A spot-free, final rinse is the very last phase of a truck wash. For this, water is treated by a large reverse osmosis system. A 4,400 GPD (gallon per day) reverse osmosis system provides ample water volume. The RO removes any remnant of minerals that could otherwise create powdery looking spots on the vehicle surface after drying.
Watts offers this Deluxe Commercial RO system in three sizes for this application, from 2,200 to 6,600 GPD. This all-in one package includes everything from a stand-alone frame and pre-filter to centrifugal pump and monitoring equipment. It’s recommended for greenhouses, car washes and as feed-water treatment for large boiler systems.
The freshwater purification components of the truck wash system insure we minimize chemical costs and produce a clean truck with no streaks or spotting. Nonetheless, recycled water does the heavy lifting.
Each Truck Wash Technologies system uses recycled water for the bulk of the washing process. Heavily-soiled trucks can require as much as 12,000 gallons of recycled water, but never less than 2,000.
“We have off-road trucks come in with so much mud that it actually reduces the amount of cargo they can legally haul,” said Koro. “Needless to say, this cuts into their paycheck.”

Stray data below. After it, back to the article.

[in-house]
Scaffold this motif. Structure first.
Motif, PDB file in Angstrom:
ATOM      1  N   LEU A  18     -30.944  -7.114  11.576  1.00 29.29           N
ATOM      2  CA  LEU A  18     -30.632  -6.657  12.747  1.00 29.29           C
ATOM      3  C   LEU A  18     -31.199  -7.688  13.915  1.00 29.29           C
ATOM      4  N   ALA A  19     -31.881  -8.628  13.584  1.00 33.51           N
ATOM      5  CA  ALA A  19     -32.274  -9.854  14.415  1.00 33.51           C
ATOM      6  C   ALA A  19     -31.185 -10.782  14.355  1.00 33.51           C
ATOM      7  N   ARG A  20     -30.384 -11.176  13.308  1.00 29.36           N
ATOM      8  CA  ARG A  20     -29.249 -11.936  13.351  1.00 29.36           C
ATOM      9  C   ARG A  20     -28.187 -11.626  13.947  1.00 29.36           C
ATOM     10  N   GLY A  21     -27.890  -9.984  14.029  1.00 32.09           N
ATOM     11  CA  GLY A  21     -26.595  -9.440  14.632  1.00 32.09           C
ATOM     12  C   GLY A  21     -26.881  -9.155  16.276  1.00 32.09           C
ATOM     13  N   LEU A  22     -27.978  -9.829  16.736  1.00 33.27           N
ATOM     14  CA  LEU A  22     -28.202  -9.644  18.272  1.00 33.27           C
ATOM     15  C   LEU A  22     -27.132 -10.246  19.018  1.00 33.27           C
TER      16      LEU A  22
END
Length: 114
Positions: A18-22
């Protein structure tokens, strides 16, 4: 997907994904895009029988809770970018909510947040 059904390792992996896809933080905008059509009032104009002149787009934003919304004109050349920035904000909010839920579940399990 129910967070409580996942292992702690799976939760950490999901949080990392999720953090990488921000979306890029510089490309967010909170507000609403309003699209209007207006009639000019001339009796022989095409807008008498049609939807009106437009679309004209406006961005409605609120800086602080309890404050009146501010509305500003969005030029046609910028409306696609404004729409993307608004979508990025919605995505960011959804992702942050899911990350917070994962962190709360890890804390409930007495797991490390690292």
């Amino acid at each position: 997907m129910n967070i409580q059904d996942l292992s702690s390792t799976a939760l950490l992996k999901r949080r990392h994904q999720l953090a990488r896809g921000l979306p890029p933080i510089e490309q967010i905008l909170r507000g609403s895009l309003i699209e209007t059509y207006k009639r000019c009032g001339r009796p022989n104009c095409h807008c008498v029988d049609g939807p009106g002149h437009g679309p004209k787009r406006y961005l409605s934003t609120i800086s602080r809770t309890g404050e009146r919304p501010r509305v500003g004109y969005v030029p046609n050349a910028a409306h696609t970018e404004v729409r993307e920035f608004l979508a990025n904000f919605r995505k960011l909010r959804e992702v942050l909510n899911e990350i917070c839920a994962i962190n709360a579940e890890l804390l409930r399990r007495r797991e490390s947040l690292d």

As the system’s moving gantry makes pass after pass over the vehicle, tons of sediment drains into an in-floor catchment system. A series of screens and settlement tanks strain solids from the liquid.
A cluster of high-volume hydro cyclones manufactured by Bailey-Parks Urethane provides a second level of water filtration, spinning fine dirt out of the stream in a centrifuge. Finally, a liquid polymer is injected into the water. This substance binds any remaining fine solids together so that they settle out more quickly. All sediment is continuously removed from the wash water and dewatered for ease of disposal.
On down the road
A Truck Wash Technologies installation will service upwards of 1,000 trucks each month. As drivers wait 15 or 20 minutes for their rig to come out sparkling clean, they’re oblivious to the hi-tech processes going on in the background.
Truck Wash Technologies currently has two truck washes in Canada, and a third under construction in Tacoma, Washington. The company is slowly watching trends in the industry shift favorably.
“We have the potential to change the truck washing landscape in North America,” said Koro. “But being the first mover in a large, untapped market, it’s imperative we remain involved in all facets of the truck wash business to maximize the potential for our customers’ success. The superior technologies we’ve developed and assembled speak for themselves.”